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Figure 4: Re-establishment of the proximal contact point with metal matrix adapted stabilized with a wooden wedge.

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Figure 5: Manual condensation using Ward condensers from 1 to 6.

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Figure 6: Post-sculpture polishing.

Evaluation of occlusal contacts

Before restorative procedures, the initial occlusal contacts must always be checked as it helps the dentist make the final occlusal adjustments to the restoration and decide whether contacts will only be applied to the restoration or the remaining tooth, but always avoiding tooth/restoration interface area.

Use of cavity varnish

Before inserting and condensing the restorative material into the cavity, varnish must be applied so that the tooth/restoration interface is immediately sealed [17], which also seals the dentin-pulp complex electrically. Preferably, the varnish must be copal resin-based [18], two thin layers of it (about 5 μm thick) used to result in the occlusion of 80% of dentinal tubules [19]. An alternative to cavity varnish is the use of adhesive systems [20], which are not as soluble as varnish and allow corrosive products to be formed before degradation of that layer. It is worth noting that, should adhesive be used, it is better to choose a self-conditioning system in which acid primer will only alter the smear layer and not remove it completely (Figure 3).

Adapting the wedge and the matrix

In restorations of proximal faces, after applying the cavity varnish, the metal matrix (universal or individual) must be adapted and stabilised by means of wooden wedges and possibly impression compound sticks so that the amalgam is condensed in the cavity properly and the cervical adaptation of the restorative material is made. It is essential to check if the metal matrix adapted to the cavity walls touches the cavosurface angle of the proximal boxes and surpasses the height of marginal ridges; after that, it must be stabilised with a wooden wedge in the right size (keeping the tooth contour), which is key for the re-establishment of the proximal contact point (Figure 4).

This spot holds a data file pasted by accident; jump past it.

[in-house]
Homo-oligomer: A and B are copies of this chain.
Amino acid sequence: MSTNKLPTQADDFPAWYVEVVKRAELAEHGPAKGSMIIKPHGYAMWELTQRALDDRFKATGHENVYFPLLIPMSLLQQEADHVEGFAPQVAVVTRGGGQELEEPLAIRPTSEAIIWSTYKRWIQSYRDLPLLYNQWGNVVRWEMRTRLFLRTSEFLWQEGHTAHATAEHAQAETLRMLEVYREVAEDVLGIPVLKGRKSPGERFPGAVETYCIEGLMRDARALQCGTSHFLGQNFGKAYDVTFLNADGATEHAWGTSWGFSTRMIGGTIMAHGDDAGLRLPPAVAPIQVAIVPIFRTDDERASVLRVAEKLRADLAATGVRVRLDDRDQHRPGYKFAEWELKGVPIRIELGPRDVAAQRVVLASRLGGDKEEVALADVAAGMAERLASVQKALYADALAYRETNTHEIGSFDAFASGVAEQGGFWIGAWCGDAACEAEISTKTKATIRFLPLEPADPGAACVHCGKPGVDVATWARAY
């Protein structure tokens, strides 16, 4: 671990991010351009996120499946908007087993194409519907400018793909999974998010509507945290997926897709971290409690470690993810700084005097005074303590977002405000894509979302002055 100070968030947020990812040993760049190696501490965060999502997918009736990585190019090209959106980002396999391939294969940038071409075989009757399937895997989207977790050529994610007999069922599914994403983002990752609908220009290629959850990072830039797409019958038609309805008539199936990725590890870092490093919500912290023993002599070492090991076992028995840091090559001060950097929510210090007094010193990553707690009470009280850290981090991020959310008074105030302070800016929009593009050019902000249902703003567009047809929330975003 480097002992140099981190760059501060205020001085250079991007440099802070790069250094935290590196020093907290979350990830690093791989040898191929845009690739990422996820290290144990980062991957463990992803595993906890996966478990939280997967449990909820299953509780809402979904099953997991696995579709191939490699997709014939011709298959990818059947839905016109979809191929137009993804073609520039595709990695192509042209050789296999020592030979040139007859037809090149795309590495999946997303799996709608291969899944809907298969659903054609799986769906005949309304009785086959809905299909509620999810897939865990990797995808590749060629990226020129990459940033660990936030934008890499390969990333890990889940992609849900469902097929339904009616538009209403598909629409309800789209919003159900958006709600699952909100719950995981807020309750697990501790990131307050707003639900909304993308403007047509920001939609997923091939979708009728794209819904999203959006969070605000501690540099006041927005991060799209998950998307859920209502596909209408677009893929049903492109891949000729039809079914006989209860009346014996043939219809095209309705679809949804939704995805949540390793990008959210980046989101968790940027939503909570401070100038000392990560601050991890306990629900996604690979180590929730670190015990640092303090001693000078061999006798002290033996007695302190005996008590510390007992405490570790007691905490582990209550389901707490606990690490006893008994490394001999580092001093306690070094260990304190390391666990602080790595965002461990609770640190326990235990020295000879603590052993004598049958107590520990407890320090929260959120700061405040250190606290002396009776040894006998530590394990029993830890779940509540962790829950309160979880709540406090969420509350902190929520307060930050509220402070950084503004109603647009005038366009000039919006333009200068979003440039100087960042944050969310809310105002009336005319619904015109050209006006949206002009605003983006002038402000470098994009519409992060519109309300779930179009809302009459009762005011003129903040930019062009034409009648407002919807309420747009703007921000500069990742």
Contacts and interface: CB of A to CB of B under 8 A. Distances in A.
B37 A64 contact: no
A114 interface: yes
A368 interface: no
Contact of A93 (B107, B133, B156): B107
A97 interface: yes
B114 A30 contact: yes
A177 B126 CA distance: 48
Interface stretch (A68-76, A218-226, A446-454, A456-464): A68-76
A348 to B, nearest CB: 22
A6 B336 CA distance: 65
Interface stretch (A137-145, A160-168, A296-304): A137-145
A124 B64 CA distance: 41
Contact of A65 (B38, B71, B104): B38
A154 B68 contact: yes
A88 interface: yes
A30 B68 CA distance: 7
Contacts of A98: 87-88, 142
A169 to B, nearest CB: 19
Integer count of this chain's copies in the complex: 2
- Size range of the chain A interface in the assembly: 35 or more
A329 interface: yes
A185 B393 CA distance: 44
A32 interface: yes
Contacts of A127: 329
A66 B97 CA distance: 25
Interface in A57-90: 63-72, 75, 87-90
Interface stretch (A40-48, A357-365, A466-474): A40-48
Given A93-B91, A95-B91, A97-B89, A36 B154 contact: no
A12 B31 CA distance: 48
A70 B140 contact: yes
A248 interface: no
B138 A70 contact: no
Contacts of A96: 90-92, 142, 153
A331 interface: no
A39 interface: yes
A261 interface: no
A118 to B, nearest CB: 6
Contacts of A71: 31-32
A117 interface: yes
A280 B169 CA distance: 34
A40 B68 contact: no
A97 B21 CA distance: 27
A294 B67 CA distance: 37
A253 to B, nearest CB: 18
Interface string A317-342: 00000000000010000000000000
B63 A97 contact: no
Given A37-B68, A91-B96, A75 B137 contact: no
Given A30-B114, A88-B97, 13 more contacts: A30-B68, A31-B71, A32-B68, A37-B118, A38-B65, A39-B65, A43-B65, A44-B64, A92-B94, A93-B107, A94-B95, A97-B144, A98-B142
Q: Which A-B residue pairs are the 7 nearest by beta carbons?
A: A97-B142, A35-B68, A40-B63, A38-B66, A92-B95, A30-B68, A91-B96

Amalgamation

Amalgam trituration is carried out mechanically in an amalgamator following recommendations from the manufacturers of pre-encapsulated alloys, since altering the time of trituration can result in unsatisfactory mechanical properties of the materials [21-23].

Condensation

It aims to fill the cavity and attach the material to the walls and angles so as to reach the densest mass possible and must be carried out quickly and immediately after trituration in a contamination-free environment. The amalgam must be taken to the cavity with the aid of a plastic or metal amalgam holder and the condensation must begin by the proximal boxes and retentions using Ward condensers from 1 to 6 (manual condensation), starting with the smaller ones, which alters pressure on the mass (smaller diameter generates more pressure), and increasing as the cavity is filled (Figure 5). This procedure must take up to three or four minutes after amalgamation.

Sculpture

It must be made soon after condensation, when the amalgam presents minimum resistance to the cut made with instruments, which can be noticed by running a sharp instrument on the surface of the restoration. If the “amalgam cry” is heard, it is already resistant to the cut and then it can be sculpted. The sculpture aims to re-establish the anatomy, shape and function of teeth and can be made with the aid of several instruments. One important feature during this stage is the maintenance of shallow grooves and slight slants of cusp slopes avoiding areas with low material thickness, which could be more susceptible to fracture. Another relevant feature is the reproduction of marginal ridges and proximal regions using matrices and wedges well-adapted to the cervical regions, which makes it easier to obtain an adequate proximal contour without cervical excesses.